Pamrén A, Wanngren J, Tjernberg LO, Winblad B, Bhat R, Näslund J, Karlström H.
Mutations in nicastrin protein differentially affect amyloid beta-peptide production and Notch protein processing.
J Biol Chem. 2011 Sep 9;286(36):31153-8.
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Karlstrom, Naslund, and colleagues now provide evidence that two conserved cysteine residues (C213 and C230) in the nicastrin ectodomain can differentially affect γ-secretase processing of APP and Notch. The authors showed that mutating these residues results in reduced APP processing while Notch processing is minimally impacted. Their studies suggest that targeting nicastrin might represent a valid strategy of inhibiting amyloid production without affecting Notch processing for Alzheimer’s therapy. In an independent study published in Oncogene, Iwatsubo, Tomita, and colleagues showed that targeting the nicastrin ectodomain by a monoclonal antibody (A5226A) can neutralize γ-secretase activity by recognizing a site at or close to the substrate recognition pocket in mature nicastrin (Hayashi et al., 2012). Moreover, this antibody abolished the γ-secretase activity-dependent growth of cancer cells in a xenograft model. Together, these studies raise the important prospect of targeting different sites on the nicastrin ectodomain for Alzheimer's and cancer therapies.
Both studies are partially based on testing and extending the model that nicastrin is a γ-secretase substrate receptor (Shah et al., 2005; Dries et al., 2009), and both studies conclude that their observations are consistent with this model. The Karlstrom paper also provided evidence that the nicastrin E333A affects intrinsic γ-secretase activity; the Iwatsubo paper showed that the A5226A antibody neutralizes γ-secretase activity by competing with the substrate binding. These studies thus add credence to the role of nicastrin in substrate recognition. Considering that a parallel mechanism has been observed in another intramembrane protease (Li et al., 2009; Dries et al., 2009), the concept of nicastrin as a substrate receptor is compelling. The Iwatsubo and Karlstrom studies now provide a proof of concept and a mechanistic basis for targeting this function of nicastrin for developing therapeutics for cancer and Alzheimer’s disease.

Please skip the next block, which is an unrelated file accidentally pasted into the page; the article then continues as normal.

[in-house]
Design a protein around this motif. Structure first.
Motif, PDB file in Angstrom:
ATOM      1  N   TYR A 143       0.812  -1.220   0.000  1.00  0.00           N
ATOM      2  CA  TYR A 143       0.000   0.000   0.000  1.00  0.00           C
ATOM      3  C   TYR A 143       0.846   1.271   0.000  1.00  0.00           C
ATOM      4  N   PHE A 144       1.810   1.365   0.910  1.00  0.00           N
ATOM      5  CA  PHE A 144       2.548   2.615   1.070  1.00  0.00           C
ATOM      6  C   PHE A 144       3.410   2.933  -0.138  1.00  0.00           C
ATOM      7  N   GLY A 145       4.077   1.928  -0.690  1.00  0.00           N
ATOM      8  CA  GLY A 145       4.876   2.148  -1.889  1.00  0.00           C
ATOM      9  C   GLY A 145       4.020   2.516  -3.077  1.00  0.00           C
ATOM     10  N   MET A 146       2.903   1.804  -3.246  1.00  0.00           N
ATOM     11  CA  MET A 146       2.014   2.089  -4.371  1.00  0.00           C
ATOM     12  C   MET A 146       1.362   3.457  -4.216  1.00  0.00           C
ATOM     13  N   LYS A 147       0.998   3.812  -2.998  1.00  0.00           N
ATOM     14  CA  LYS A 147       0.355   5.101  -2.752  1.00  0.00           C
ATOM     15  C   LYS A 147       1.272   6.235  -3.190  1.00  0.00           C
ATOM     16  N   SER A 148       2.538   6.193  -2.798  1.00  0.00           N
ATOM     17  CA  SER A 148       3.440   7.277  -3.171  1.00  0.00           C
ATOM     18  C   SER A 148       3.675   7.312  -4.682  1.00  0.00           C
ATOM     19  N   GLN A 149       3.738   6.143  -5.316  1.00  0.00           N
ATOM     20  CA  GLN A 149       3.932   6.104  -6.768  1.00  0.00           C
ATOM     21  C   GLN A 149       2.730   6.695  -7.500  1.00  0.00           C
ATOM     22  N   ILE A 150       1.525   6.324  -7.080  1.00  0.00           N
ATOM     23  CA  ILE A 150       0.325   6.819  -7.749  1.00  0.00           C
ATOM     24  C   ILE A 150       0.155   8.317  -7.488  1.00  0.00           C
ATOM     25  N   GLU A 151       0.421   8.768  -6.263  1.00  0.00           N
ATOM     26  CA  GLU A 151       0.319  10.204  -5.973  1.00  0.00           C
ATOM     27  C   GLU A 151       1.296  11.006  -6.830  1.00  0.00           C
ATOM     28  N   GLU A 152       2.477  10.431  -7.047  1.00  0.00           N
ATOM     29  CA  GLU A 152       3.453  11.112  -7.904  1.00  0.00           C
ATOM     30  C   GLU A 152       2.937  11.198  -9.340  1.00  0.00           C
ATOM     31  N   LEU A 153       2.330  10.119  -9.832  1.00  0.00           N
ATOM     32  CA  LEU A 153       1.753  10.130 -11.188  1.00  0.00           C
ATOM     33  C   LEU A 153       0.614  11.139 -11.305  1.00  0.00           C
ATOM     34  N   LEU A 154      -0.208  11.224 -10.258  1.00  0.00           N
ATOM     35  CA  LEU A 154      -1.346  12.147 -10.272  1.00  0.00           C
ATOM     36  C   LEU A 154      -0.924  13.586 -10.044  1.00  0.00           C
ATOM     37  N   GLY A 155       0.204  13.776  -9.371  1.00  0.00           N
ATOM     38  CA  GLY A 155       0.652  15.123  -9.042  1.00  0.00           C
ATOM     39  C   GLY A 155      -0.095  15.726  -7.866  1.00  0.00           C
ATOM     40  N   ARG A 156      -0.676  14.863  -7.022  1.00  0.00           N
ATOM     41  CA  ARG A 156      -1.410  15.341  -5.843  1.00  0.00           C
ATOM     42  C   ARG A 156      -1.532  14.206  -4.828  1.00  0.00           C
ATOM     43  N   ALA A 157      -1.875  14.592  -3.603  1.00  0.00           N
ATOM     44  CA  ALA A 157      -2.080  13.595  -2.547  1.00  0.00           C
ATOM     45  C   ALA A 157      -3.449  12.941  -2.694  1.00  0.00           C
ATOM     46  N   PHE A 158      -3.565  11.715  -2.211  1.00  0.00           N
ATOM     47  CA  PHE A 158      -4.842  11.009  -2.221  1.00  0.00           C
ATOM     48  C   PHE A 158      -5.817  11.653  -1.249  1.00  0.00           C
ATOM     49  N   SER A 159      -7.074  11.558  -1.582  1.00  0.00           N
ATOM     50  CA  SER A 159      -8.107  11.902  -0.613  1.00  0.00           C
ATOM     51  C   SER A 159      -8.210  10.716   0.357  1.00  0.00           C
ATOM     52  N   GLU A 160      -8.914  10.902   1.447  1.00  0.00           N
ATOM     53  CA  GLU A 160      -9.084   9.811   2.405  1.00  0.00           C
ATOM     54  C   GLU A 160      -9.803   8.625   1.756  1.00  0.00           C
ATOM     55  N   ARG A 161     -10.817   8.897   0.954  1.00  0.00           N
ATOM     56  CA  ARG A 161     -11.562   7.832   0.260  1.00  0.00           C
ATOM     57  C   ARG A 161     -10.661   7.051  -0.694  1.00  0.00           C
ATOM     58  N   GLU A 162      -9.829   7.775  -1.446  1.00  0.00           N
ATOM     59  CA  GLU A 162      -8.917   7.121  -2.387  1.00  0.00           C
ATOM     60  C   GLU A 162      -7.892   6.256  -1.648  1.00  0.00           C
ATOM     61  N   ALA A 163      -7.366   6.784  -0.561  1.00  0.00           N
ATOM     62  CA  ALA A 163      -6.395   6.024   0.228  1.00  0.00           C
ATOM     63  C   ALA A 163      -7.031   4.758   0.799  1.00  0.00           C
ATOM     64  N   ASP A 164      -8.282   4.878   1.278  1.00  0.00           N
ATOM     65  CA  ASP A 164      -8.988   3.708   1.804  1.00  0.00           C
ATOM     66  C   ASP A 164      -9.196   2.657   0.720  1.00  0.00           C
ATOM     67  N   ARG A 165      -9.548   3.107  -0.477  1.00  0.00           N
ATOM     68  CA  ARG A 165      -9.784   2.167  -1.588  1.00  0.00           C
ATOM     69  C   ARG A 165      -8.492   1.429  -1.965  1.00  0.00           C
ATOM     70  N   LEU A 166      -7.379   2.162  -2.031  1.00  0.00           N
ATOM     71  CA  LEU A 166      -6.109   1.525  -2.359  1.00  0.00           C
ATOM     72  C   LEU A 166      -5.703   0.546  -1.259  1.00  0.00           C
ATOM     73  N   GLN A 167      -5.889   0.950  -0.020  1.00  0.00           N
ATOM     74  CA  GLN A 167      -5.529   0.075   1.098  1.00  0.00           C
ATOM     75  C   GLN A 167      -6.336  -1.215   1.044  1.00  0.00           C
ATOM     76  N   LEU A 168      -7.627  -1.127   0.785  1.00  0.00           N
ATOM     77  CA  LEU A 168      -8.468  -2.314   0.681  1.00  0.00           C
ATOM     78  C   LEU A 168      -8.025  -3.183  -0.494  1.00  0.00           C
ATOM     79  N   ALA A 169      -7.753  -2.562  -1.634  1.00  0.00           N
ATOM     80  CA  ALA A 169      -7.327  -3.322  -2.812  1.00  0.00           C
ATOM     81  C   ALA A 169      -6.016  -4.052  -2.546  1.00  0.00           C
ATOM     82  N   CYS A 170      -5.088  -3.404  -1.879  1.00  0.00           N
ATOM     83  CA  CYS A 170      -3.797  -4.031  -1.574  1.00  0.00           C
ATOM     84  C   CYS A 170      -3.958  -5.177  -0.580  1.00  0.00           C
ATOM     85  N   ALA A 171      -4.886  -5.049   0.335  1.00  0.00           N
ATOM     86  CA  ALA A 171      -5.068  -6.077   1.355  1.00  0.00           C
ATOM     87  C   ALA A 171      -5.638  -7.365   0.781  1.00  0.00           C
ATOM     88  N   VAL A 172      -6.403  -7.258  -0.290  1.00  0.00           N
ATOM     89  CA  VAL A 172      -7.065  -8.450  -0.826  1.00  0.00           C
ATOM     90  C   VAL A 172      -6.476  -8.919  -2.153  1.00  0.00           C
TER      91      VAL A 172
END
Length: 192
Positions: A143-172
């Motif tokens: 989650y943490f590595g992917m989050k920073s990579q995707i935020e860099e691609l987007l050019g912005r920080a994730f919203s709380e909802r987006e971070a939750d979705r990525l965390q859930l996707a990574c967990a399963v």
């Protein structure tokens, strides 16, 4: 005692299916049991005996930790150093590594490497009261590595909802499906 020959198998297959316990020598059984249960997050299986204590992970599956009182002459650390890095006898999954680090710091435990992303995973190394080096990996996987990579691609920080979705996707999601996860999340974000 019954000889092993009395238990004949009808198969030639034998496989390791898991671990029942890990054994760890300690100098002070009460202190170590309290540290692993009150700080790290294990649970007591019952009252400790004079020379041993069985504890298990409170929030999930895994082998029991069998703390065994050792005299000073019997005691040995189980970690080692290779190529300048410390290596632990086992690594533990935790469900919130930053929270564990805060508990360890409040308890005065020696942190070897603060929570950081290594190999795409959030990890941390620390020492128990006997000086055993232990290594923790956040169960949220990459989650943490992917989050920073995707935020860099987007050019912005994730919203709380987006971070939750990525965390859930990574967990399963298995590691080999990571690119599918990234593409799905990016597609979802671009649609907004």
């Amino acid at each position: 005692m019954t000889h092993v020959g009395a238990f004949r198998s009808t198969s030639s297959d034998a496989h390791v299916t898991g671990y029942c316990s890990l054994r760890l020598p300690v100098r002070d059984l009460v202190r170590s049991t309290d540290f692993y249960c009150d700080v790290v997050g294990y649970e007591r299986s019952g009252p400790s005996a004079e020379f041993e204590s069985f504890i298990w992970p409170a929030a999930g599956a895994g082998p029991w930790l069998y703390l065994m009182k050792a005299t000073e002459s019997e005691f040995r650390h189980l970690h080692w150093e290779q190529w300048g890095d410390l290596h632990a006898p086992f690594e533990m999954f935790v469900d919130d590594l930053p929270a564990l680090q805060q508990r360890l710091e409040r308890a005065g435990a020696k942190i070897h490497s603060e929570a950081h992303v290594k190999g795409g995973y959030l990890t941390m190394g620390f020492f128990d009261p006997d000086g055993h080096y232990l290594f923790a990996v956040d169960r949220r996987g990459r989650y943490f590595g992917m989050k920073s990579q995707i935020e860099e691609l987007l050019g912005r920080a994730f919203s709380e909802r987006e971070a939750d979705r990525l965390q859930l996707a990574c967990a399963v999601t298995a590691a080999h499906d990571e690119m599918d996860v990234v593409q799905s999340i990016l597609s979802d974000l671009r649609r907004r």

Shah S, Lee SF, Tabuchi K, Hao YH, Yu C, LaPlant Q, Ball H, Dann CE, Südhof T, Yu G.
Nicastrin functions as a gamma-secretase-substrate receptor.
Cell. 2005 Aug 12;122(3):435-47.
Dries DR, Shah S, Han YH, Yu C, Yu S, Shearman MS, Yu G.
Glu-333 of nicastrin directly participates in gamma-secretase activity.
J Biol Chem. 2009 Oct 23;284(43):29714-24.
Li X, Wang B, Feng L, Kang H, Qi Y, Wang J, Shi Y.
Cleavage of RseA by RseP requires a carboxyl-terminal hydrophobic amino acid following DegS cleavage.
Proc Natl Acad Sci U S A. 2009 Sep 1;106(35):14837-42.
Dries DR, Yu G.
Rip exposed: how ectodomain shedding regulates the proteolytic processing of transmembrane substrates.
Proc Natl Acad Sci U S A. 2009 Sep 1;106(35):14737-8.
Hayashi I, Takatori S, Urano Y, Miyake Y, Takagi J, Sakata-Yanagimoto M, Iwanari H, Osawa S, Morohashi Y, Li T, Wong PC, Chiba S, Kodama T, Hamakubo T, Tomita T, Iwatsubo T.
Neutralization of the γ-secretase activity by monoclonal antibody against extracellular domain of nicastrin.
Oncogene. 2011 Jul 4;